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DUBAI: With more than 100,000 influencers active on TikTok globally in 2020, according to Statista, the short-form video app has increasingly positioned itself as a potentially lucrative social media platform for content creators.

Creators often describe the app’s editing capabilities and binge-worthy content style as especially appealing, luring them away from other popular platforms such as Instagram and Facebook.

Along with this shift in platforms, there has also been a move away from the use of the word “influencer,” to be replaced by “creator.” The former conjures up images of lavish holidays, luxury fashion and a type of aspirational lifestyle that can leave followers feeling inadequate about their own lives.

“The term ‘influencer’ has become outdated, with many social media stars preferring ‘creator,’” Harry Hugo, the co-founder of The Goat Agency told The Drum. “Why? Top creators aren’t just posting aesthetic content; they do so much more.”

In other words, for a creator to be successful it is imperative that they post authentic and helpful content and do not simply aim to “influence” an audience.

Xzit Thamer, a creator in Saudi Arabia, focuses on gaming and mostly posts content related to Grand Theft Auto. He quit his day job in 2020 to focus on creating content for TikTok.

“I never knew back then I would reach 7 million followers and be one of the top gaming content creators in the Middle East,” he told Arab News.

TikTok is certainly having its moment in the sun but this is more than just a passing fad, experts believe. The platform’s popularity appears to be sustainable, according to Natasha Hatherall-Shawe, founder and CEO of marketing agency TishTash.

“The simplicity of TikTok’s mission,” which is to capture the attention of audiences with short videos, has “superseded other platforms” such as Meta’s Facebook and Instagram, which are now trying to play catch-up by introducing features such as Reels, she told Arab News.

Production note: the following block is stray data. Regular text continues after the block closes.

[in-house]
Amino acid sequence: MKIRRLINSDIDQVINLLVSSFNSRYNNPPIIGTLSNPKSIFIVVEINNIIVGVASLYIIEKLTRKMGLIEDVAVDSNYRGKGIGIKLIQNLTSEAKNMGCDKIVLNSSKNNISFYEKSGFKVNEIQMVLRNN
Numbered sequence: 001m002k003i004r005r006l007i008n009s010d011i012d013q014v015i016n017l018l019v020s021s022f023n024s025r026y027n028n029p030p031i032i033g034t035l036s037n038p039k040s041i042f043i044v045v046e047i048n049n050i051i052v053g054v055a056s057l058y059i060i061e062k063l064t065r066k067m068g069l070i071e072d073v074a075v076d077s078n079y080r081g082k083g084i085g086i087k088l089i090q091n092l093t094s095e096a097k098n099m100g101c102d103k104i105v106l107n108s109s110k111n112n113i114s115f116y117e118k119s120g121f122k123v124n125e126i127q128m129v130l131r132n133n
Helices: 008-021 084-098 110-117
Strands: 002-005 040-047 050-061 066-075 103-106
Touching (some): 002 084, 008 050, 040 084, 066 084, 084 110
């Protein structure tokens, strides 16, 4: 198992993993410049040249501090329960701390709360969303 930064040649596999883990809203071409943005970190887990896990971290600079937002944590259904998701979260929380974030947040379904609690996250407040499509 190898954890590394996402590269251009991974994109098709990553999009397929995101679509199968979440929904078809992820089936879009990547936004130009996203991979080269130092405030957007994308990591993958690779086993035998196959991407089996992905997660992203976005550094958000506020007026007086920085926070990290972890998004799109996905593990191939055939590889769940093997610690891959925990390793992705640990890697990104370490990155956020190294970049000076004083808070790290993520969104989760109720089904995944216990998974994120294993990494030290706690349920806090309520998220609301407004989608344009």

According to Thamer, who has been creating content for nine years: “TikTok is the best platform for content creators.”

With top creators capable of building such large audiences, TikTok understandably invests in them through programs such as the Creator Fund, which directly rewards selected creators. In the Middle East and North Africa region, the platform also launched its Creator Hub program in the UAE and Egypt in September 2022 to help identify talented creators and connect them with mentors and experts who can support their development and nurture their skills.

But several high-profile creators have criticized TikTok over its Creator Fund. One of the main complaints is that the pool of available money has remained much the same even while the number of creators continued to increase.

Popular creator Hank Green, who has more than 7 million followers on TikTok, called out the platform in a video uploaded to YouTube. In it, he acknowledged that TikTok is “tremendously powerful” and “extremely well designed” but accused it of “dramatically underpaying creators.”

TikTok isn’t the first or the only platform to offer direct financial rewards to certain creators. Several social media platforms, including YouTube and Instagram, offer special initiatives for creators but some experts say this is not always a good thing and question their value.

“YouTube is notoriously stingy with the revenue it shares with creators and TikTok is not much different,” said Hatherall-Shawe.